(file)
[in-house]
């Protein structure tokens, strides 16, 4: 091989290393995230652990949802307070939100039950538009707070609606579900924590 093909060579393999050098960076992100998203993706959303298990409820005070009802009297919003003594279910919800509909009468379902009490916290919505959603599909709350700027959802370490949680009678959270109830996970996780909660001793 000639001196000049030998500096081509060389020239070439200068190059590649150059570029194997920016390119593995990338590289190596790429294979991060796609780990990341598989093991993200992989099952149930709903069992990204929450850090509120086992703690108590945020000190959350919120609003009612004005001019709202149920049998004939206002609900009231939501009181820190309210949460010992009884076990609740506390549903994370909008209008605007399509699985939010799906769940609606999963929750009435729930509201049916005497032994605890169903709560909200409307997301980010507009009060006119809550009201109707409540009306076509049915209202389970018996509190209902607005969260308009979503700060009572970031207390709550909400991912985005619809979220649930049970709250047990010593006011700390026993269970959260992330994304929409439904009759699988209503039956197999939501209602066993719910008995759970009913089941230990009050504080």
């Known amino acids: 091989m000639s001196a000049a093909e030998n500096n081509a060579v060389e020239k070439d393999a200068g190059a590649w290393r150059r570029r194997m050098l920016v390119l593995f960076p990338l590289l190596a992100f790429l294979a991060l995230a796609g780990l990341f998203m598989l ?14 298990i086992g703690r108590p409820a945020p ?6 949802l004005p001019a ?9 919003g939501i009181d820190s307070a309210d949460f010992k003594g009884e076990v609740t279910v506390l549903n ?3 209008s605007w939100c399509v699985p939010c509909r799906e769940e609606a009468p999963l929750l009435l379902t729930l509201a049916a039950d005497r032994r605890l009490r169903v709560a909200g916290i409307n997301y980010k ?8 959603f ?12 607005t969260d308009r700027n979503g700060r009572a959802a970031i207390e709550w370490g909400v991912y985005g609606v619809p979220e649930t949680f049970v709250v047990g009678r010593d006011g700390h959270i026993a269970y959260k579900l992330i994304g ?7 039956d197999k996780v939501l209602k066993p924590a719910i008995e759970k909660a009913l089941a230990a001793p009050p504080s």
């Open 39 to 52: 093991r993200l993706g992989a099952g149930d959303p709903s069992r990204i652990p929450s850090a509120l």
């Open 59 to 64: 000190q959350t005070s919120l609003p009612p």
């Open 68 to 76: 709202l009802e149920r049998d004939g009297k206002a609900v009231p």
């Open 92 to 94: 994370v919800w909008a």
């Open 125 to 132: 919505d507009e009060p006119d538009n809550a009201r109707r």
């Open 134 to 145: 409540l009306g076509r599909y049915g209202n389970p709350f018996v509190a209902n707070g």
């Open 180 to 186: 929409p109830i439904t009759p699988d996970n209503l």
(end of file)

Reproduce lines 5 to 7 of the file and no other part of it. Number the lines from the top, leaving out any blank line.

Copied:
């Open 59 to 64: 000190q959350t005070s919120l609003p009612p």
């Open 68 to 76: 709202l009802e149920r049998d004939g009297k206002a609900v009231p």
């Open 92 to 94: 994370v919800w909008a």